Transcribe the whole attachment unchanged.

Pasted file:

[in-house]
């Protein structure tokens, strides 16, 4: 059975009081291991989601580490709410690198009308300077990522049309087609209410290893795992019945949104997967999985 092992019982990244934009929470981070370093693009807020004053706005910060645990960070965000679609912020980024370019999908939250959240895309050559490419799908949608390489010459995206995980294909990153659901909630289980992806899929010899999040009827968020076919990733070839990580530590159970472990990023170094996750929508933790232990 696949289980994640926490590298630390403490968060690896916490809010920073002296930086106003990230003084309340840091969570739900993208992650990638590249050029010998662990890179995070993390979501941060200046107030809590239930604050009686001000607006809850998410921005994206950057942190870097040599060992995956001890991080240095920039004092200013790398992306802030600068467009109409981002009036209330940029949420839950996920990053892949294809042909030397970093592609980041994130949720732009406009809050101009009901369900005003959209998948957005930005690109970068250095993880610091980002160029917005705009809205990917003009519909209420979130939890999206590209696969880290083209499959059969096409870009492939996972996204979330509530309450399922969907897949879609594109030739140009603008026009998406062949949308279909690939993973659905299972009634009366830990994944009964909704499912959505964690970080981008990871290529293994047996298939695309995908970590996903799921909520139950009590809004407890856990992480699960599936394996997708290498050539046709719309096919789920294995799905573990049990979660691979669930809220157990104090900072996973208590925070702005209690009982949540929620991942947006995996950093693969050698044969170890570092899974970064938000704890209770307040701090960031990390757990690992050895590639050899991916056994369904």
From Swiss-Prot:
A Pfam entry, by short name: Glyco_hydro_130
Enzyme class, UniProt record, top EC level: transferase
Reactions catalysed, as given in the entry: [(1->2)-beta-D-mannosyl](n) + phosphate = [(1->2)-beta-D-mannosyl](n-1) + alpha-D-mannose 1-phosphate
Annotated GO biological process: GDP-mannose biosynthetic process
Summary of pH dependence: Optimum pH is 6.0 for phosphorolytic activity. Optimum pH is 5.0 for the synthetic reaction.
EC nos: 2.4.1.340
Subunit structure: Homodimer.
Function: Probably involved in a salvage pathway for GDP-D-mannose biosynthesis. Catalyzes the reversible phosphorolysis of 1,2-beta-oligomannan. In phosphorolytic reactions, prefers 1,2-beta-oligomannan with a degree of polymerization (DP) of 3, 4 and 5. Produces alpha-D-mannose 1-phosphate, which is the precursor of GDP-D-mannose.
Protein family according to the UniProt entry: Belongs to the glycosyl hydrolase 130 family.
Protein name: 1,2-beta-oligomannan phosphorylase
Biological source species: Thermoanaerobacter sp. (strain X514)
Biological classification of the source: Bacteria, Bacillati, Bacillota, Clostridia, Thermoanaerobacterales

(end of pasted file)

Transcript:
[in-house]
């Protein structure tokens, strides 16, 4: 059975009081291991989601580490709410690198009308300077990522049309087609209410290893795992019945949104997967999985 092992019982990244934009929470981070370093693009807020004053706005910060645990960070965000679609912020980024370019999908939250959240895309050559490419799908949608390489010459995206995980294909990153659901909630289980992806899929010899999040009827968020076919990733070839990580530590159970472990990023170094996750929508933790232990 696949289980994640926490590298630390403490968060690896916490809010920073002296930086106003990230003084309340840091969570739900993208992650990638590249050029010998662990890179995070993390979501941060200046107030809590239930604050009686001000607006809850998410921005994206950057942190870097040599060992995956001890991080240095920039004092200013790398992306802030600068467009109409981002009036209330940029949420839950996920990053892949294809042909030397970093592609980041994130949720732009406009809050101009009901369900005003959209998948957005930005690109970068250095993880610091980002160029917005705009809205990917003009519909209420979130939890999206590209696969880290083209499959059969096409870009492939996972996204979330509530309450399922969907897949879609594109030739140009603008026009998406062949949308279909690939993973659905299972009634009366830990994944009964909704499912959505964690970080981008990871290529293994047996298939695309995908970590996903799921909520139950009590809004407890856990992480699960599936394996997708290498050539046709719309096919789920294995799905573990049990979660691979669930809220157990104090900072996973208590925070702005209690009982949540929620991942947006995996950093693969050698044969170890570092899974970064938000704890209770307040701090960031990390757990690992050895590639050899991916056994369904």
From Swiss-Prot:
A Pfam entry, by short name: Glyco_hydro_130
Enzyme class, UniProt record, top EC level: transferase
Reactions catalysed, as given in the entry: [(1->2)-beta-D-mannosyl](n) + phosphate = [(1->2)-beta-D-mannosyl](n-1) + alpha-D-mannose 1-phosphate
Annotated GO biological process: GDP-mannose biosynthetic process
Summary of pH dependence: Optimum pH is 6.0 for phosphorolytic activity. Optimum pH is 5.0 for the synthetic reaction.
EC nos: 2.4.1.340
Subunit structure: Homodimer.
Function: Probably involved in a salvage pathway for GDP-D-mannose biosynthesis. Catalyzes the reversible phosphorolysis of 1,2-beta-oligomannan. In phosphorolytic reactions, prefers 1,2-beta-oligomannan with a degree of polymerization (DP) of 3, 4 and 5. Produces alpha-D-mannose 1-phosphate, which is the precursor of GDP-D-mannose.
Protein family according to the UniProt entry: Belongs to the glycosyl hydrolase 130 family.
Protein name: 1,2-beta-oligomannan phosphorylase
Biological source species: Thermoanaerobacter sp. (strain X514)
Biological classification of the source: Bacteria, Bacillati, Bacillota, Clostridia, Thermoanaerobacterales